Seven objects- found in a corrugated box on my sun porch, there since 2014 when I moved in.
A copy of my 2007 1099, listing my music income for the year as $3725.00. Ten years ago. Never had the knack o' making money-learned that from my ole man, who died intestate, bankrupt, and drunk, bless his heart. That's why I had to wait on Social Security for any hope of a mortgage. Realizing I had a time capsule here I started paying attention to the contents. Most were innocuous cash register receipts, but buried in the shambles were:
$15 Canadian from the last trip to the Goderich "Celtic College" roots festival, by Lake Huron, in 2006.
Canadian money has a story on one side. On the ten dollar bill, issued in 2005--is a stanza in tiny print of the famous poem from WWI by John McCrea. Also a physician, he died of pneumonia at Boulogne. "In Flanders fields the poppies blow/ Between the crosses row on row/ That mark our place, and in the sky/ The larks, still bravely singing, fly/ Scarce heard amid the guns below." Next to the poem, in English and in French, N'oublions jamais--Lest we forget--and three poppies.
On the $5--issued in 2002, is an engraving of hockey players--kids bundled up skating on a frozen pond, and in miniscule print a memo by novelist Roch Carrier: "The winters of my childhood were long, long seasons.We lived in three places-the school, the church, and the skating-rink--but our real life was on the skating-rink."
On the obverse side of both bills is an engraving of a former Prime Minister.
Costa Rican banknotes--amounting to 5000 and 10,000 Colones, both issued in 2005. On the 10,000, one side is a jaguar (puma) leaping out of the background, while on its other side is a tame portrait of pedagogue Emma Gamboa Alvarado. She was a reader and a progressive. We'd get along. The real beauty is the 5000 note. On one side is an ancient chaman of the Chorotega tribe in full regalia, resembling a tusked animal. On the obverse is a jungle scene, complete with the stone moon, leopard, toucan, and jade figurine.
Here was a 5 Euro note from a trip to Ireland - not as beautiful as the American bills. Smaller in size, on one side is the Arc de Triumph, not identified--I guess you're supposed to know--and on the other side an aqueduct span, once again, not identified either in origin or place. And the circle of stars around an outline of the European Union (with England still a part).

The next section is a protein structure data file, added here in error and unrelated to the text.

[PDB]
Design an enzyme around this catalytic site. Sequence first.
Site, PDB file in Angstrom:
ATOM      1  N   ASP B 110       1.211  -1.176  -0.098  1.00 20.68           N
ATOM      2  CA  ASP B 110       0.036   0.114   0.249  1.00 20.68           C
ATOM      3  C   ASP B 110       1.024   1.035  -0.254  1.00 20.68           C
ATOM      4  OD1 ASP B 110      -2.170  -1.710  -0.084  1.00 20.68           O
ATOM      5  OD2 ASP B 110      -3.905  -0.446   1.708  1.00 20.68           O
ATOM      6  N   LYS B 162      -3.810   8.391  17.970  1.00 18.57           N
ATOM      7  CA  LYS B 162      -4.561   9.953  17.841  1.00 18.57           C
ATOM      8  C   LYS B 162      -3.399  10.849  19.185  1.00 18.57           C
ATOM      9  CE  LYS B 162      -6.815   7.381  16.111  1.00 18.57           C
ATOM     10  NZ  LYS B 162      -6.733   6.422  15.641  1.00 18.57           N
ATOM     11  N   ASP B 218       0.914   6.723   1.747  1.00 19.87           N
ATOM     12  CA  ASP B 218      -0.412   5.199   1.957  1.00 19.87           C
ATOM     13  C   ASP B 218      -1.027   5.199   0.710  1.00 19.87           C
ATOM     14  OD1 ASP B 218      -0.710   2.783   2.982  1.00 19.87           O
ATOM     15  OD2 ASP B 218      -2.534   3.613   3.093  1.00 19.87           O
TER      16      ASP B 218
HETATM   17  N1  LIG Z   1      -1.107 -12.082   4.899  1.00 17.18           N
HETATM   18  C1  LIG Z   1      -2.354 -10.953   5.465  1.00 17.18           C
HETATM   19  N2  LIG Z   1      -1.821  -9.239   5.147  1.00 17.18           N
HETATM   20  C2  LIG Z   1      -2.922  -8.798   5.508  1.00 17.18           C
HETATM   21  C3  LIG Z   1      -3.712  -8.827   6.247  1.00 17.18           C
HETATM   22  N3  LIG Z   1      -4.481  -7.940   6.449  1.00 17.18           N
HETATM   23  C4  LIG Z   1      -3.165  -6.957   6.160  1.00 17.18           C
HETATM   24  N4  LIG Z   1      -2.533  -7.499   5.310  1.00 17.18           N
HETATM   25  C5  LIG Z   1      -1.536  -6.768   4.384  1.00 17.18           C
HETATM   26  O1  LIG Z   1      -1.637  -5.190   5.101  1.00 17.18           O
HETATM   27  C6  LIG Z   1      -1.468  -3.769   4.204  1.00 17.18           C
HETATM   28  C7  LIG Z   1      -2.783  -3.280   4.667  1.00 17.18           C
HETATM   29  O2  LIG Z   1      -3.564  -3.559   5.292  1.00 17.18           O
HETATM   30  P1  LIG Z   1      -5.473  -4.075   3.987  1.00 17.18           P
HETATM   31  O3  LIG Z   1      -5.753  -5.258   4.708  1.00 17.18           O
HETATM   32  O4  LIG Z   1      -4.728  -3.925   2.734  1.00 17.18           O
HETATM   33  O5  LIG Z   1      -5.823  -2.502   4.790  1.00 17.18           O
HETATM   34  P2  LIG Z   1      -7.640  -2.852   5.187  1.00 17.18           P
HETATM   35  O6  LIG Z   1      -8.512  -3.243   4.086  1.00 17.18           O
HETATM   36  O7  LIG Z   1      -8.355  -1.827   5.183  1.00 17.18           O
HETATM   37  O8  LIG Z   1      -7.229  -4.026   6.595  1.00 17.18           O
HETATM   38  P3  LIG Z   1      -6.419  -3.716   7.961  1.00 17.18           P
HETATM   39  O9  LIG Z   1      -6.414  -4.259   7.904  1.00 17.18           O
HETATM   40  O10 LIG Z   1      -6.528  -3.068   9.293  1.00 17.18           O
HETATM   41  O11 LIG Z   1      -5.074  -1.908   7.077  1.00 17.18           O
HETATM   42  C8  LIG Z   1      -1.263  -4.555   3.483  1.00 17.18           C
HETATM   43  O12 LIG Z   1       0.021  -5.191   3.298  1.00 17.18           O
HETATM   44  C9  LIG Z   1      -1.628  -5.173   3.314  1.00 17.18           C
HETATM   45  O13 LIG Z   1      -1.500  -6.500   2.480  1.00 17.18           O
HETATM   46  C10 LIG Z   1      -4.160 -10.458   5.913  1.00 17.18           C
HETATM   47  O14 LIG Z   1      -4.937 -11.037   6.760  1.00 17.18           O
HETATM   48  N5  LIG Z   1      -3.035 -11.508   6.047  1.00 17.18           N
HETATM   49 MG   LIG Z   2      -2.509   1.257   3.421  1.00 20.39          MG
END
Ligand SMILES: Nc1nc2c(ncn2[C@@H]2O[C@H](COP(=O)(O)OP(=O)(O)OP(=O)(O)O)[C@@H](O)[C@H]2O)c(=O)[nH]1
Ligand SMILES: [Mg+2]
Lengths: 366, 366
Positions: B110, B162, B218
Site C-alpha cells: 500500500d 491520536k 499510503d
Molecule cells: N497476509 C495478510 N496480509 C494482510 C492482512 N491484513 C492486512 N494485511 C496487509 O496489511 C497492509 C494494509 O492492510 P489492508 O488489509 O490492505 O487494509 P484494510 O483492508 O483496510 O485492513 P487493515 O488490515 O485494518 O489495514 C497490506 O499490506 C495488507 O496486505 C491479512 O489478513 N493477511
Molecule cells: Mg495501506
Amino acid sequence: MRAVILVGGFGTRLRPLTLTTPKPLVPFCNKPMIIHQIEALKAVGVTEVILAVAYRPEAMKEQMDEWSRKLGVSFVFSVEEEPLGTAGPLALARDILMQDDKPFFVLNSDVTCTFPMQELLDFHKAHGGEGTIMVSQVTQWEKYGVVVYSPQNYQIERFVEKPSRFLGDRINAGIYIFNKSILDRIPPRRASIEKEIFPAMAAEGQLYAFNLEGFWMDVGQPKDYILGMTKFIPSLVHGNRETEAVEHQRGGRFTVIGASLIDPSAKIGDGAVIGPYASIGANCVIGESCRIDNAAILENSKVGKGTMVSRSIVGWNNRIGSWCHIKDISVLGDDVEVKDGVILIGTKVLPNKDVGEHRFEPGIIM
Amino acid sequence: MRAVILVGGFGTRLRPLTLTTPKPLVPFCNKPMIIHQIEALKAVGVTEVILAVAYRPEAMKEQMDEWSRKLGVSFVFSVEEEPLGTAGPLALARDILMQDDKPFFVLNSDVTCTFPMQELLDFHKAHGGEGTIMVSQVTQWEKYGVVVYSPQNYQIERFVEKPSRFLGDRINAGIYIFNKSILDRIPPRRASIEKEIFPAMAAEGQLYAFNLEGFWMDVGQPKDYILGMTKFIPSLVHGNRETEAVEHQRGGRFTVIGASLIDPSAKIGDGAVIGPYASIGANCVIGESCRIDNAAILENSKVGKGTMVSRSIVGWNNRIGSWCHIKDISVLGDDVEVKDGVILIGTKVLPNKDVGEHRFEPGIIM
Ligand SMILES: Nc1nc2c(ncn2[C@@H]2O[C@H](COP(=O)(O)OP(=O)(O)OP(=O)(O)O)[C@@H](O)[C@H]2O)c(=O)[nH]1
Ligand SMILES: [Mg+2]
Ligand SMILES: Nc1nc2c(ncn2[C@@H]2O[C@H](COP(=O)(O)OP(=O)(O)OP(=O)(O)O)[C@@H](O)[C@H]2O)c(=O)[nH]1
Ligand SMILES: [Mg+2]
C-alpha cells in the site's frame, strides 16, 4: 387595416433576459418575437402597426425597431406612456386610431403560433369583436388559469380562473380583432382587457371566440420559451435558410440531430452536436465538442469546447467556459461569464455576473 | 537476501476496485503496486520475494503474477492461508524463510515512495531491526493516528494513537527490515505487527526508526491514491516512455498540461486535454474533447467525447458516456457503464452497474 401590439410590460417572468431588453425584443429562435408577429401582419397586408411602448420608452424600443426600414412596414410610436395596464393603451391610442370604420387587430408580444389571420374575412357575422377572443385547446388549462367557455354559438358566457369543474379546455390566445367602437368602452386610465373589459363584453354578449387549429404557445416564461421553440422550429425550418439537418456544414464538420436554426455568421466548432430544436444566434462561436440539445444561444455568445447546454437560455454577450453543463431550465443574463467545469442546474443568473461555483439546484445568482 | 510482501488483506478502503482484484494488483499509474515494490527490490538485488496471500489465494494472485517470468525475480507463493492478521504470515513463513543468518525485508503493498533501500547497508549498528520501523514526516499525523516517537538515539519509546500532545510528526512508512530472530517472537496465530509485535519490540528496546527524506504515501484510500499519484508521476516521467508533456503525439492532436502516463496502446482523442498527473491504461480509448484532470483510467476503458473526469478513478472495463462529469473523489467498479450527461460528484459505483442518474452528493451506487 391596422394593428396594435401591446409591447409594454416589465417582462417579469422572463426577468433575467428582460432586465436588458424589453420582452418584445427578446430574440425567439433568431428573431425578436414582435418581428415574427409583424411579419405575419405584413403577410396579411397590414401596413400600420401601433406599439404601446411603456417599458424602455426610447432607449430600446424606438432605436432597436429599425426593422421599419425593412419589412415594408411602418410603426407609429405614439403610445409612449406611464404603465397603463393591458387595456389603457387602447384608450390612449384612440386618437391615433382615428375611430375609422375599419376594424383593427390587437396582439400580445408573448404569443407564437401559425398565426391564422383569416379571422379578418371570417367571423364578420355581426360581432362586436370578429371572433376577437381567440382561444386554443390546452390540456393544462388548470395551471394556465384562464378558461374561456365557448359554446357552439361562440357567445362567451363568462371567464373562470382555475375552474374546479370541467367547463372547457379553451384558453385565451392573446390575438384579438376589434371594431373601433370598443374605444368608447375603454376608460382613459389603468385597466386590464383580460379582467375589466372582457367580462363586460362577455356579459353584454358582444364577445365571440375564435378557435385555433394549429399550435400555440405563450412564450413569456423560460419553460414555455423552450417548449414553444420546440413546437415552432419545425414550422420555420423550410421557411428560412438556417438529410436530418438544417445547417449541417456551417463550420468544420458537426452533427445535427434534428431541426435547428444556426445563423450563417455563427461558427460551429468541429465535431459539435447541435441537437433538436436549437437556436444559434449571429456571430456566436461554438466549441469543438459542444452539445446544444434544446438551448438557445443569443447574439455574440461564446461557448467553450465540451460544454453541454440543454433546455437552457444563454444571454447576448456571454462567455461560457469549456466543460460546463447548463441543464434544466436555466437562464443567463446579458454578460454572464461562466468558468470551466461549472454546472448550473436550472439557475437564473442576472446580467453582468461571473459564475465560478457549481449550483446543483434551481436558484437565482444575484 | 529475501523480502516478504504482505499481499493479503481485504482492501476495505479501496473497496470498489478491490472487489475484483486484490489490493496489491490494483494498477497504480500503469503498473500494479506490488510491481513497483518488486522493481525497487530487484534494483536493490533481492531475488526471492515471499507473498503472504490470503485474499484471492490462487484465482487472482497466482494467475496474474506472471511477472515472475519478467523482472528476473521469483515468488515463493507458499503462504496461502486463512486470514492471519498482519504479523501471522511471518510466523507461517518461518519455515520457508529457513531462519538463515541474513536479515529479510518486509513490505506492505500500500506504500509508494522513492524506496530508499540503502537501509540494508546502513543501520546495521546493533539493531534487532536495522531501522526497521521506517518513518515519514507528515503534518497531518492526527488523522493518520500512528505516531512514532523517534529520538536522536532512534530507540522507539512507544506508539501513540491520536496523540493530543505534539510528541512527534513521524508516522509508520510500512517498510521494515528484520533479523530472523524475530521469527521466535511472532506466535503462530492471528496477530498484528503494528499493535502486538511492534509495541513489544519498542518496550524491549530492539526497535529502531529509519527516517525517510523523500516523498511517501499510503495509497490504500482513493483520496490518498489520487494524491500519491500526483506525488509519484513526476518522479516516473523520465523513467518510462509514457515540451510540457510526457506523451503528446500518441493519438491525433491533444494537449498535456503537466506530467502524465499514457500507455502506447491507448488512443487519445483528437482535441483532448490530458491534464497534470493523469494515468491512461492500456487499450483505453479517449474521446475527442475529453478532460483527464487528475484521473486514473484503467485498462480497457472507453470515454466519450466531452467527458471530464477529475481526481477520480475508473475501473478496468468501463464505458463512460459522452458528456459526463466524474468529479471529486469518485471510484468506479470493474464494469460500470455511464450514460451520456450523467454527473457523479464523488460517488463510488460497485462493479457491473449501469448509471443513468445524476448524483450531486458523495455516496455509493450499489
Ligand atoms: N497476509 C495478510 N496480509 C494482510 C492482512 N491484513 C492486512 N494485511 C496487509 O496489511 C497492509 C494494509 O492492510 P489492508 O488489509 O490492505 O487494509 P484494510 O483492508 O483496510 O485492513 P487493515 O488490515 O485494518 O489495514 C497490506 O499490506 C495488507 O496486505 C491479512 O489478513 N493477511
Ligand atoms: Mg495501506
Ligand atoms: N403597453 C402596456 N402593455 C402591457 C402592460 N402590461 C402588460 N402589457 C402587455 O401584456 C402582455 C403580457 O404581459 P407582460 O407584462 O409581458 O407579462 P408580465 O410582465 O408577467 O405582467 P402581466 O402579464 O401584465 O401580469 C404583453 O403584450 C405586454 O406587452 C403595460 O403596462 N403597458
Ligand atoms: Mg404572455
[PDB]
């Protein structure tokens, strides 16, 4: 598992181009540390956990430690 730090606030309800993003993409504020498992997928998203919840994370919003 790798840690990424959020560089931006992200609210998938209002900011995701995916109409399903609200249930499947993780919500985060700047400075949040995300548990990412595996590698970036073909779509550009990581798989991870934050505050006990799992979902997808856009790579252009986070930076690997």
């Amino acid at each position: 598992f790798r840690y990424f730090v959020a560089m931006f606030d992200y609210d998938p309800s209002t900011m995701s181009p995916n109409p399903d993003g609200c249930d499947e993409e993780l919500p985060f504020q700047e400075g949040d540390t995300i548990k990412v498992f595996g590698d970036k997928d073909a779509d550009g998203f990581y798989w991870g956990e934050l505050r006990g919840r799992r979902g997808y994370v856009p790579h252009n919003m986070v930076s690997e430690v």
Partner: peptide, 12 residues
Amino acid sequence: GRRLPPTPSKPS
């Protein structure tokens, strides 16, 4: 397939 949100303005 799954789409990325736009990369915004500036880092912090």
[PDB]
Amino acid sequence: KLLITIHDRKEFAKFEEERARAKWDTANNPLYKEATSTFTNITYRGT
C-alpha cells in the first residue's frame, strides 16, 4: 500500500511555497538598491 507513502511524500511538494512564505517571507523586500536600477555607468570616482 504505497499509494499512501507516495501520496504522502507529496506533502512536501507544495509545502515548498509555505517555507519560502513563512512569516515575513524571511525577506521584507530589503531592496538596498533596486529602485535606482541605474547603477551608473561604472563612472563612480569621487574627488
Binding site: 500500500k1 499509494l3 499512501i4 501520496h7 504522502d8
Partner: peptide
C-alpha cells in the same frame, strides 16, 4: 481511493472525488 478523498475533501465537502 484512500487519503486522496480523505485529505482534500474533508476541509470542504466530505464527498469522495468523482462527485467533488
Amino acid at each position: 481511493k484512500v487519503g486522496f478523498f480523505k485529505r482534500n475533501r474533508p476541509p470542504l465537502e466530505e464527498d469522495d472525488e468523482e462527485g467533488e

The real "find" was a photocopy of the top half of the Sunday South Bend Tribune for July 19, 1998 Metro Edition ($1.50). The headline stretching all the way across reads: "Principles on parade in Northern Ireland."
"Firebombs light the skies of Northern Ireland the morning of July 2, destroying three Catholic churches and damaging nine others in the hilly green country."
"The next day, South Bend musician David James and Plymouth attorney Kenneth McDermott fly into the country, aware of the violence but hopeful they might play some role in limiting it." The article describes us as" not on holiday" but "official observers--witnesses, in McDermott's legal parlance--with the New York-based Irish Parades Emergency Committee, an organization concerned with human rights violations during a tenseltime in Northern Ireland.... Marching season, they call it ..."
And there's a photo of two "Scots Guardsmen" standing at a barricade between Portadown's Drumcree Presbyterian church and Garvaghy Road Catholics. Not visible in the picture, but certainly "there," is auld Davy, who might as well have a target painted on his back for all the dodging of dynamite filled coffee cans and Molotov milk bottles as they hurl over the line of troops in our general direction.
Stories. I'll have a book if I ever get a chance to write them all down.